The Ukrainian security services have launched a criminal investigation into "activities aimed at overthrowing the government" as protests intensify.» Read More
MOSCOW-- Facebook head Mark Zuckerberg was in Moscow on Monday, where top officials were pressing him to expand the company's operations in Russia. A Facebook spokeswoman, who refused to be named because she wasn't authorized to discuss the matter with the media, said the company has no immediate expansion plans for Russia.
Putin's new Russia feels a lot like the old one, where intimidation and thuggery have trumped democracy, says CNBC's Maria Bartiromo.
Russia’s entry into the World Trade Organisation (WTO) is good news but investors shouldn’t expect miracles straight away, Murat Ulgen, chief economist for Central & Eastern Europe and Sub-Saharan Africa at HSBC, told CNBC.
Riots are heating up in Russia as a 2-year prison sentence was given to a popular Russian punk band that spoke out against the government, with Nationally Syndicated Radio Talk Show Host John Batchelor.
Russia has yielded many leading industrial companies that rank among global leaders in mining, metallurgy, petrochemicals and telecommunications. Despite the rapid development of the regional economy and the strides made over the past 20 years, WTO membership promises to be an important catalyst for growth in the Russian market.
European policymakers should come up with a sweeping solution to stop the spreading of the debt crisis sooner rather than later, to restore confidence to markets, participants in a panel organized by CNBC at the Saint Petersburg International Economic Forum said on Thursday.
Russia's success in the eyes of foreign investors hinges on how the country will deliver on its promised privatization process – and officials present at the Saint Petersburg International Economic Forum (SPIEF) were quick to reassure markets that they still mean business.
“I doubt it will be enough,” a chief economist tells CNBC.com. “This is just 2 percent of GDP, and I would expect the cost of a euro zone breakup to be bigger than that for Russia.”
Is Russia a growing threat? Radio talk show host John Batchelor, offers insight. "We have tentative and alarming news of major military exercise coming off Syria," says Batchelor.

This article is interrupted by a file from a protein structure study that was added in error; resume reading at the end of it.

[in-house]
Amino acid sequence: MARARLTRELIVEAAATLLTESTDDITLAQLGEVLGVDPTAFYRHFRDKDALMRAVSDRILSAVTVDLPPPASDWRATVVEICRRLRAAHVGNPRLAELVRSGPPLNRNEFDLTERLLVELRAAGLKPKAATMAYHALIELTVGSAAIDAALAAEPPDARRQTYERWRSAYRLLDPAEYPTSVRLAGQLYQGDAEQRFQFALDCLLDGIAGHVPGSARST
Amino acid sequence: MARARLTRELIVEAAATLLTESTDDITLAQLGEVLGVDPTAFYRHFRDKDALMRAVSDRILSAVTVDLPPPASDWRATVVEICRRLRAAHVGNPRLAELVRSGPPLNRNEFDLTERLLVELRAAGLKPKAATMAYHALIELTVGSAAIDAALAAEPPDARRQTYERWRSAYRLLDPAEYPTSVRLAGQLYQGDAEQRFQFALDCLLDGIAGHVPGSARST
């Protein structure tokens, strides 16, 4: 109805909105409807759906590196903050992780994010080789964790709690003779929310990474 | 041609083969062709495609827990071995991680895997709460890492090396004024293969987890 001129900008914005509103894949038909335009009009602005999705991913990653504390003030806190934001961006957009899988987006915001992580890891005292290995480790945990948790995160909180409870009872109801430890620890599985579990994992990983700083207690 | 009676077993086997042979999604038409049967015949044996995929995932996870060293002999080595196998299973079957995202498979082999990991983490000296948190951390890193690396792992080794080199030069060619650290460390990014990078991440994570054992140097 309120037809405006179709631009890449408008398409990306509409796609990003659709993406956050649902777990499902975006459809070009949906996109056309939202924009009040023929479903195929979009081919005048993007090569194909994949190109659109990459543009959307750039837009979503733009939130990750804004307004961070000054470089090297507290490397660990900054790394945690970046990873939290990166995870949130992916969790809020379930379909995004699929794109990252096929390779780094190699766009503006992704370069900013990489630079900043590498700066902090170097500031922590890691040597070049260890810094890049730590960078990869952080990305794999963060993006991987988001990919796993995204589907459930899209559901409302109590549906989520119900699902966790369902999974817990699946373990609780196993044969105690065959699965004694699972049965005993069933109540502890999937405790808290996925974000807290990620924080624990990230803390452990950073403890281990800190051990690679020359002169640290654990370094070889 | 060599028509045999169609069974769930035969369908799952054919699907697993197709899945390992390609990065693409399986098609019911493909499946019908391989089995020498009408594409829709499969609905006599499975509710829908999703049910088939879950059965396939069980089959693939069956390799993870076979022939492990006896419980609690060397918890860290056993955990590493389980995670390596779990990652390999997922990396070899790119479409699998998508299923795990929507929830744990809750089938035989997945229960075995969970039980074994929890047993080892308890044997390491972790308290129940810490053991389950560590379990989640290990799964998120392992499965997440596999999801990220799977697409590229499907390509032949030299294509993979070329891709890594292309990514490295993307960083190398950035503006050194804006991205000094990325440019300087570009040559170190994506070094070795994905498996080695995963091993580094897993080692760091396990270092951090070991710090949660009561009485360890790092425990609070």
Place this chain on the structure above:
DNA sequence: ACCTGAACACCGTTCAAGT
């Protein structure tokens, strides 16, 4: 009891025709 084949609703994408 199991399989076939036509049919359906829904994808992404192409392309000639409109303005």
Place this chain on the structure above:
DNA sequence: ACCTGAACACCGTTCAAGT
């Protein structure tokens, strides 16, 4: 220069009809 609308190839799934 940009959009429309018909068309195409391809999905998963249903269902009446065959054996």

Tens of thousands of protesters marched through the streets of downtown Moscow Tuesday in a show of opposition force which is the clearest indication yet that the pro-democracy movement brought to life by widespread perceptions of electoral fraud last December has become a permanent feature of Russia's political landscape, the Christian Science Monitor reports.
Russia’s parliament has passed a law imposing draconian fines on demonstrators, aimed at curtailing anti-Kremlin protests in a political crackdown following the return of Vladimir Putin as president last month, the Financial Times reports.
A sale by BP of its 50 percent stake in Russian venture TNK-BP now could be a bad move, Liam Halligan, chief economist at Prosperity Capital Management, told CNBC’s “Squawk Box Europe.”
Russia’s typical out-of-step response to global events – the latest its refusal to condemn the Assad regime in Syria – show its increasing insignificance on the world stage, Nouriel Roubini, chairman of Roubini Global Economics and Ian Bremmer, president of Eurasia Group, argue in an op-ed in the Financial Times
Robert Hormats, Under Secretary of State provides a preview of the likely topics of discussion at this weekend's G8 meeting of global leaders at Camp David.
VTB Capital, the investment arm of Russia's second largest lender, is opening its first and only U.S. office this week in New York City, with Andrey Kostin, VTB's chairman & CEO.
With all the recent political turmoil in Russia, is now the time to invest? Insight with Tim Seymour, Seygem Asset Management.
Police and demonstrators clashed and hundred of arrests were made in central Moscow on Monday night during protests against widespread fraud in Sunday’s election of Vladimir Putin to a third term as Russia’s president, the Financial Times reports.
CNBC's Steve Liesman reports on thousands of protesters filling the streets of Moscow and St. Petersburg, to challenge Vladimir Putin's re-election victory.
CNBC's Steve Liesman reports on Russia's Vladimir Putin as he prepares to re-occupy the Kremlin following his presidential election victory.
Vladimir Putin is back as president-elect. He was first elected in 2000. Since his election the term has been lengthened to 6 years, so he's definitely in the top job through 2018. And possibly through 2024 (at which stage he'll be 72 and in charge of Russia for half his adult life), if he manages another term as is constitutionally permitted.